Based in Los Angeles, Savour Fare is the home of Kate, a working mom who is low on time but high on life. I hope this site helps you find ways to make your life richer, easier, more beautiful and more delicious. You can read more about me and the site here and feel free to email me with any questions or feedback!
The first time I ever went apple picking was my senior year of college. Ken had his car on campus that year — a little blue Ford Festiva, that had been spray painted, and had no air conditioning or radio. We were celebrating one year of dating, still shiny and happy and young and new, and decided to head off into the wilds of Connecticut to pick apples. I wore my appropriate apple picking attire — a red and green gingham shirt, and we discovered the joys of fresh air in an orchard, of plucking apples off the tree, of cold pressed cider and hot apple cider donuts.
After that first year, we went every year we lived in the Northeast. When we lived in New York, we borrowed my father in law’s car, or rented one (we could barely fit ourselves in our tiny Manhattan studio — where were we going to park a car?), and hit New Jersey, New York, and Connecticut to get out of the city and load up on apples. Apple picking was never about the apples — they’re readily available at the Greenmarket after all — but about simple entertainment, fresh air, getting out of the city. And donuts. Don’t forget the donuts.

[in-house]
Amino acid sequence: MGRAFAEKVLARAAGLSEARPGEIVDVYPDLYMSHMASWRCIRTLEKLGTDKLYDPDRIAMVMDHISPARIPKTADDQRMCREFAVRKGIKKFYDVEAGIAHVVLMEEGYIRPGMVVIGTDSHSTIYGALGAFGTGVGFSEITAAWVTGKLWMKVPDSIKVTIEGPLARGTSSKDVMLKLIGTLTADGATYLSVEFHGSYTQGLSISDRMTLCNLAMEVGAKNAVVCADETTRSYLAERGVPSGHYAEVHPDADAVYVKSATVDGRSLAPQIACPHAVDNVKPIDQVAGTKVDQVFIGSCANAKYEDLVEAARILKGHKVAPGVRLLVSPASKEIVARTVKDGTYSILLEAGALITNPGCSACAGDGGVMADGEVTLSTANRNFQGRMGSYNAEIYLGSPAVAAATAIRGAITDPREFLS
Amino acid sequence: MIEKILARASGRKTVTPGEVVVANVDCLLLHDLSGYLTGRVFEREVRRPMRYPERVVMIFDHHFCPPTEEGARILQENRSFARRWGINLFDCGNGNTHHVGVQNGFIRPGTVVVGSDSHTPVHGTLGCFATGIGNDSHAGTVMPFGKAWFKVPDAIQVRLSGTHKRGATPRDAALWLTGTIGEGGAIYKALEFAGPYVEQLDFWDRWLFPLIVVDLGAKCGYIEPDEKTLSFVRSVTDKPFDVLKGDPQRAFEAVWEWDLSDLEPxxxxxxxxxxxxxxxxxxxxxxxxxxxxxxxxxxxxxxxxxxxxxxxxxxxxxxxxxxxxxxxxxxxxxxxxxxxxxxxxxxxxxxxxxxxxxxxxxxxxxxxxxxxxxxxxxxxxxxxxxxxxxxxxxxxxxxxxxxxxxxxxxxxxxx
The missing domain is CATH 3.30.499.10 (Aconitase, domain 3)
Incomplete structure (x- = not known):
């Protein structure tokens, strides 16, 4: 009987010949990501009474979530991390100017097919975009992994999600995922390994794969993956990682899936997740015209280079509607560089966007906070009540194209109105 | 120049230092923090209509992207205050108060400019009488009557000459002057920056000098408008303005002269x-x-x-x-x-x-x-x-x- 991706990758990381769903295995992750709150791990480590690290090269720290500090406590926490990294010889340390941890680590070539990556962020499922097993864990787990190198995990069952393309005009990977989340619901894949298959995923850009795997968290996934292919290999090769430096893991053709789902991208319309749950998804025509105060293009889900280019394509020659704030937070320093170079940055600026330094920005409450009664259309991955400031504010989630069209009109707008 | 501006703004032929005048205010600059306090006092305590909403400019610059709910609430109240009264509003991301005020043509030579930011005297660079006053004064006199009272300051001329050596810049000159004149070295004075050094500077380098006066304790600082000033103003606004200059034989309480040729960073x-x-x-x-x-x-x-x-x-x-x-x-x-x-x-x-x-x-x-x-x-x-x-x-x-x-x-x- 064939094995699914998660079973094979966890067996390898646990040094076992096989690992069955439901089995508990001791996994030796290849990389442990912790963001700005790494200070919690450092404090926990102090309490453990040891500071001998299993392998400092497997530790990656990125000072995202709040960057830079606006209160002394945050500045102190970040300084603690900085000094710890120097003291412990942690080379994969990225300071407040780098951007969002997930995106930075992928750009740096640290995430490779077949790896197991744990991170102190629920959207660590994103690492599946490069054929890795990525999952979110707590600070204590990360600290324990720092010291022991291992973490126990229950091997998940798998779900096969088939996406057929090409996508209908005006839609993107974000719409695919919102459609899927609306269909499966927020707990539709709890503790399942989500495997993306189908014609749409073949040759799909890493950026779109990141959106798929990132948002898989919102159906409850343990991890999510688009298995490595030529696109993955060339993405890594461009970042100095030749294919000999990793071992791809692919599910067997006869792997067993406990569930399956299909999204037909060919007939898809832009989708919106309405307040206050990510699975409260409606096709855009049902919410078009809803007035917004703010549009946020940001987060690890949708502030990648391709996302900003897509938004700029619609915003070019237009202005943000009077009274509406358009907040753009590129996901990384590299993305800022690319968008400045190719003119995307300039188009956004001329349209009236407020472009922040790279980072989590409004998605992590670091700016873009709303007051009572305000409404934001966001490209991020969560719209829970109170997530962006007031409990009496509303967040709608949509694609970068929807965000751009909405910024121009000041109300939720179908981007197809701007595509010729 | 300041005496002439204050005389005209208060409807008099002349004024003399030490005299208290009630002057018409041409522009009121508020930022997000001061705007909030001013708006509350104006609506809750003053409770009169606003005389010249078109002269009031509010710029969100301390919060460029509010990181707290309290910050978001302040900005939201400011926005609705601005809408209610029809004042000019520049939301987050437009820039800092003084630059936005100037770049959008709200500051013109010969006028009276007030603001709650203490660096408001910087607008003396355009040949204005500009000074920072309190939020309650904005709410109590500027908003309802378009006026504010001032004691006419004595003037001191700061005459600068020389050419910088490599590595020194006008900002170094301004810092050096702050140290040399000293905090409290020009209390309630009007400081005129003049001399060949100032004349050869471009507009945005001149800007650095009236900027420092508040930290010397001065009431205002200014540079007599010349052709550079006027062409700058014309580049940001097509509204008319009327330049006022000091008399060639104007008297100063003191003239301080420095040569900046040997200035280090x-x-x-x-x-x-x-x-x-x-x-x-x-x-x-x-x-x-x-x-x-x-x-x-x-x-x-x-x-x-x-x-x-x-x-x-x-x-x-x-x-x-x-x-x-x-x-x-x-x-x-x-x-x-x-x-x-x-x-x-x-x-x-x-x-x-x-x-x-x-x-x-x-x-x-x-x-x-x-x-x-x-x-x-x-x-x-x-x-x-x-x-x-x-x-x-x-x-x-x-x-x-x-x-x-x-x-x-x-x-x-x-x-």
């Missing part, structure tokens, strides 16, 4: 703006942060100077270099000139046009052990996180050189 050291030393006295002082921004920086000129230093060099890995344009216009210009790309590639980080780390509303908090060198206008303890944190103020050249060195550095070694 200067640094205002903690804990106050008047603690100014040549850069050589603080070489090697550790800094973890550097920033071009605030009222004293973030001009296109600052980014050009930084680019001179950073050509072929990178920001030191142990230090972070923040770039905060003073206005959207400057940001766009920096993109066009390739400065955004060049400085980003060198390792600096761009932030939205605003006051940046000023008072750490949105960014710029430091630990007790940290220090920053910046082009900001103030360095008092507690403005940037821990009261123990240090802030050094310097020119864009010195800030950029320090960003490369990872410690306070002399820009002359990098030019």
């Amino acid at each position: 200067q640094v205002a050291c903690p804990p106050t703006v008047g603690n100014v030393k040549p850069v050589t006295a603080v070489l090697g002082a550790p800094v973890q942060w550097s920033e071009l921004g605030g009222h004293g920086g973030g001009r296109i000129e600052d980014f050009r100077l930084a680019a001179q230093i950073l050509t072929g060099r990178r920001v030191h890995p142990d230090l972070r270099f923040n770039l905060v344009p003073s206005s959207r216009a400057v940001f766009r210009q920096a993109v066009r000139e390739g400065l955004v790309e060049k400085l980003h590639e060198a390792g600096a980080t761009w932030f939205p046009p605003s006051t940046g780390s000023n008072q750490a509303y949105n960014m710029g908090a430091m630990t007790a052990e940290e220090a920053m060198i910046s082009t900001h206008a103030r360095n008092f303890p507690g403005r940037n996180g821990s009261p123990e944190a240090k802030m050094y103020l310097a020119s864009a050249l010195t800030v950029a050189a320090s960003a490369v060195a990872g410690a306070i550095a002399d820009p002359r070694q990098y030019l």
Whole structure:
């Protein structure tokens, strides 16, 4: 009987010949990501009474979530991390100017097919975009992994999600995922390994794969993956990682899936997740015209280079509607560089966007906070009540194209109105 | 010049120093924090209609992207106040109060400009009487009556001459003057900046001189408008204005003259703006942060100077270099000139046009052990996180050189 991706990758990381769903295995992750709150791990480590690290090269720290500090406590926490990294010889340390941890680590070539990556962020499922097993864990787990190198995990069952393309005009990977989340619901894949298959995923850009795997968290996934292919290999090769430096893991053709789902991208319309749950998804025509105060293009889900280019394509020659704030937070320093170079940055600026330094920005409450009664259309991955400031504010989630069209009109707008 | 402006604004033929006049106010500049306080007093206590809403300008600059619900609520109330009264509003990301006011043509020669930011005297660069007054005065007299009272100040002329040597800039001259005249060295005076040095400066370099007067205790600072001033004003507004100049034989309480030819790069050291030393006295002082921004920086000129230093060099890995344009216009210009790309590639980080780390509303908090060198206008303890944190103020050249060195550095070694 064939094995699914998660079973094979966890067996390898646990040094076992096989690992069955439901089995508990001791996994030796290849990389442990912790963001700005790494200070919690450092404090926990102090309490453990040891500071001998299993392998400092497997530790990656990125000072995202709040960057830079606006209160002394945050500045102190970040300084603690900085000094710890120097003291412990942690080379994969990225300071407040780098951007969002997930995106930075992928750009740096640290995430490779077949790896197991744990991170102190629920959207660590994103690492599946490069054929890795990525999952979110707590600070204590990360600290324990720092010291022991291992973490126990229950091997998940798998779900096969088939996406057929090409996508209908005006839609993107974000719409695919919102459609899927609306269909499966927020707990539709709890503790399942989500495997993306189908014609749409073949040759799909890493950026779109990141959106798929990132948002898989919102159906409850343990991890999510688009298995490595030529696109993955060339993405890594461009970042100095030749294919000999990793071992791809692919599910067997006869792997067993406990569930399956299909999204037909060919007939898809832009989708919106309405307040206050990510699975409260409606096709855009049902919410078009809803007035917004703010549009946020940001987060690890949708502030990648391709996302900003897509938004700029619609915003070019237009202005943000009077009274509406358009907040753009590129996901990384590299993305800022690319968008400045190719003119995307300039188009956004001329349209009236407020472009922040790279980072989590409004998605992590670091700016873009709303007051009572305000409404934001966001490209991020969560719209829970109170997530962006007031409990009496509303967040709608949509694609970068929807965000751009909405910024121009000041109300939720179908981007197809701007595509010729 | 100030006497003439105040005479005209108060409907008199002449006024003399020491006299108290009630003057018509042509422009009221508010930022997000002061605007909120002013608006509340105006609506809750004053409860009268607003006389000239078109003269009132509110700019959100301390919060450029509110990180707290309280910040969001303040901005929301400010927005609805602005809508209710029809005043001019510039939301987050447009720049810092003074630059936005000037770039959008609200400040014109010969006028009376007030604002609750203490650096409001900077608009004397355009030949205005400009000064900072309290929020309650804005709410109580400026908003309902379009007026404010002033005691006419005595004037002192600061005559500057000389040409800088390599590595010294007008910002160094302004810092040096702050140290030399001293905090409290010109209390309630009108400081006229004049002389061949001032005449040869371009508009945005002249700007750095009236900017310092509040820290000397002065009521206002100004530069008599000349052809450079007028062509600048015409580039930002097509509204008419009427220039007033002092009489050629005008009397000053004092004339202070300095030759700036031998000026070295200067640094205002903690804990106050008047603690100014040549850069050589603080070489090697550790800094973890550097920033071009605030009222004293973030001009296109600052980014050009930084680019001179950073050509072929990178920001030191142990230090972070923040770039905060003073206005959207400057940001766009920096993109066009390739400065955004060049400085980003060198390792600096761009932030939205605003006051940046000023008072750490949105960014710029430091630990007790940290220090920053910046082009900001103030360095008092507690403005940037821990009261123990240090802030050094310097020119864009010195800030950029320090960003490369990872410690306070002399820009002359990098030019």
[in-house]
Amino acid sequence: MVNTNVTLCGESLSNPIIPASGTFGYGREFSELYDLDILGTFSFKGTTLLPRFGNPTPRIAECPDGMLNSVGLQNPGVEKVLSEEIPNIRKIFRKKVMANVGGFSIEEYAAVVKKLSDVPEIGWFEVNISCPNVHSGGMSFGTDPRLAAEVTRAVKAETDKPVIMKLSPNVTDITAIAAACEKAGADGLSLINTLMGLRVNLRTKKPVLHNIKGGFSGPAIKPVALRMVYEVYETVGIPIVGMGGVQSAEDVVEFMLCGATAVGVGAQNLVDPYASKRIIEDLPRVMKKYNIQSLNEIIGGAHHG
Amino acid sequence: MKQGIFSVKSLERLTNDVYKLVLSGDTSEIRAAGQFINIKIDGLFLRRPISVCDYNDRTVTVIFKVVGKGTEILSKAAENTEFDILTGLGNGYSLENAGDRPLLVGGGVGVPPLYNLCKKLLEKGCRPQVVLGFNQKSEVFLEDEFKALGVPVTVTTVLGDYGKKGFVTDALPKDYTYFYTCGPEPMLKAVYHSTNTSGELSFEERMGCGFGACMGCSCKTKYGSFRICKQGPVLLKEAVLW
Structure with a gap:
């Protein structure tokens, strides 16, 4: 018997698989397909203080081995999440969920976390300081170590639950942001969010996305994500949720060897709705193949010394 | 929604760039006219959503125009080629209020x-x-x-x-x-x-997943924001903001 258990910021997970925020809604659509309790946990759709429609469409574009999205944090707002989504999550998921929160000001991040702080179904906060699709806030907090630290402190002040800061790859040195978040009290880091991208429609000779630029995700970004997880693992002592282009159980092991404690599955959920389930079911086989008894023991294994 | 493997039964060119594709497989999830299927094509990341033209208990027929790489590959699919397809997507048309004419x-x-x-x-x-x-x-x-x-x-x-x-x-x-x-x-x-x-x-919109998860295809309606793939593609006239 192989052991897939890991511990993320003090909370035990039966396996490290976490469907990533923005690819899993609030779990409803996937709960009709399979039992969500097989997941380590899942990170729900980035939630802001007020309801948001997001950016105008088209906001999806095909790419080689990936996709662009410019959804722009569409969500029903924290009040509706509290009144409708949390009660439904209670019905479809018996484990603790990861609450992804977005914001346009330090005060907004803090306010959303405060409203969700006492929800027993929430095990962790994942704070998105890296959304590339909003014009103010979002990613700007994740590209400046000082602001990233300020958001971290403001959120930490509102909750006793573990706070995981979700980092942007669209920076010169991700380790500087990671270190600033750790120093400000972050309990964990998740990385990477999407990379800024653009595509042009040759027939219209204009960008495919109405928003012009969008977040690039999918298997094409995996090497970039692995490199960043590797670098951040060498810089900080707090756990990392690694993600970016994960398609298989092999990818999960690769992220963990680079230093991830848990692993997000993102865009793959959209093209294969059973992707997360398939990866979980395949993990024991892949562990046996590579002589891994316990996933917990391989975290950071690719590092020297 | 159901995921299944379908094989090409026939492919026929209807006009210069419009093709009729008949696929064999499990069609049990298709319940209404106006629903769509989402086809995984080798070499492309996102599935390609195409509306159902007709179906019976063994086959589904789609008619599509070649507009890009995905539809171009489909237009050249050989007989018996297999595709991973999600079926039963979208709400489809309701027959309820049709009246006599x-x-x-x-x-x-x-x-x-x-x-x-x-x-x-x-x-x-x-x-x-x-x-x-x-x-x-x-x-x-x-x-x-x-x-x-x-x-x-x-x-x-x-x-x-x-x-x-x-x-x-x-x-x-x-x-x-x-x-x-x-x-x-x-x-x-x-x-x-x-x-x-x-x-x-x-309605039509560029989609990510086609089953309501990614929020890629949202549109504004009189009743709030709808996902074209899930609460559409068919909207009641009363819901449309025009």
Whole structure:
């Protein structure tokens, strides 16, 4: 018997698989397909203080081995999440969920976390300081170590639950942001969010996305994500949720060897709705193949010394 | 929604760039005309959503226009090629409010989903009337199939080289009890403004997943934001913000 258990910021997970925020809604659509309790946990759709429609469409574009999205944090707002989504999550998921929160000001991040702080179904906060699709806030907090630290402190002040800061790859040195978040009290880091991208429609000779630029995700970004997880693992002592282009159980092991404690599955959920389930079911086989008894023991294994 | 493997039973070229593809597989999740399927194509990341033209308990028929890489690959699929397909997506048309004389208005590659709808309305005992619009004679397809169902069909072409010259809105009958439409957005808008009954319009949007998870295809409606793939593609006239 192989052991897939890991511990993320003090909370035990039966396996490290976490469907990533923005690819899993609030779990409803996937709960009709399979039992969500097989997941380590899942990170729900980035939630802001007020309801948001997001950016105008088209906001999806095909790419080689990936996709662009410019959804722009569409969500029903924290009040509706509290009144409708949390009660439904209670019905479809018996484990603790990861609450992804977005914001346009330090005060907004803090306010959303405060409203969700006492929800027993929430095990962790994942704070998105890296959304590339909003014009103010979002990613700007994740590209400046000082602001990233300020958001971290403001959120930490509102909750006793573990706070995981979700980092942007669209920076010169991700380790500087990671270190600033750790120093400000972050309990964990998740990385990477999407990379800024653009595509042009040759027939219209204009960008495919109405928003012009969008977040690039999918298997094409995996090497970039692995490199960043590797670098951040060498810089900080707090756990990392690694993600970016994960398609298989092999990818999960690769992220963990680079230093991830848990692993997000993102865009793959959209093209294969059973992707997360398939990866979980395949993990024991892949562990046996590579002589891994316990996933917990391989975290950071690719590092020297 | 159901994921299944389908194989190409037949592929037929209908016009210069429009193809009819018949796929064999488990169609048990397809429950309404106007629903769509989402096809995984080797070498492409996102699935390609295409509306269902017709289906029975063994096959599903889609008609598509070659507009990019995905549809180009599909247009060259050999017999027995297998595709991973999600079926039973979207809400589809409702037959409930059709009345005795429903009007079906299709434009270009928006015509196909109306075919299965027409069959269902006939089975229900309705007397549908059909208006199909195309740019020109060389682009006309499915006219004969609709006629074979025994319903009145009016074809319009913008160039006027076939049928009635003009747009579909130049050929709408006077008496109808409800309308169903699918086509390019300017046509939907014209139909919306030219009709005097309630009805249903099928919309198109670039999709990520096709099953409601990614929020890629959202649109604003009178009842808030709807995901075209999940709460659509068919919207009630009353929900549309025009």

When we moved to Los Angeles six years ago, I thought my apple picking days were through. Our climate is too warm to have apple orchards — we can pick oranges in our own back yard, but the autumnal fest was lost to me. Until this year. We piled into the little blue car (now, so many years later, a Prius, with air conditioning and an iphone connection), with the Nuni in tow and headed into the mountains, into the “mile high” town of Oak Glen. Nestled in the San Bernardino mountains just east of Redlands, Oak Glen boast six or seven apple orchards, and the crowds that go with them. Continue reading Finding Fall in Southern California
I realize this is the world’s slowest trip recap, but I took all of my photos in RAW, which means I have to convert them to upload them, and OHMYGOD SHOOT ME if I ever do that again. Still, I wanted to share with you a few special moments in London, including an AMAZING meal.
When last we spoke, we had just begun our day in London with a lovely visit to Borough Market. And then it started to rain. And rain. And rain. Undaunted, we pressed on, hopping a routemaster bus to Trafalgar Square, and heading up Regent’s Crescent.
We’ve just returned from Paris. This sentence is one I wish were a more regular part of my life. This post, however, is about London, one of my favorite cities. Due to the intricacies of plane and train fares, we flew through London on our way to Paris, which allowed me just one full day in London, my soulmate city. And even though that day was a very, very rainy one, and we got very, very wet, we pushed through, and introduced the Nuni to the joys of Old Blighty.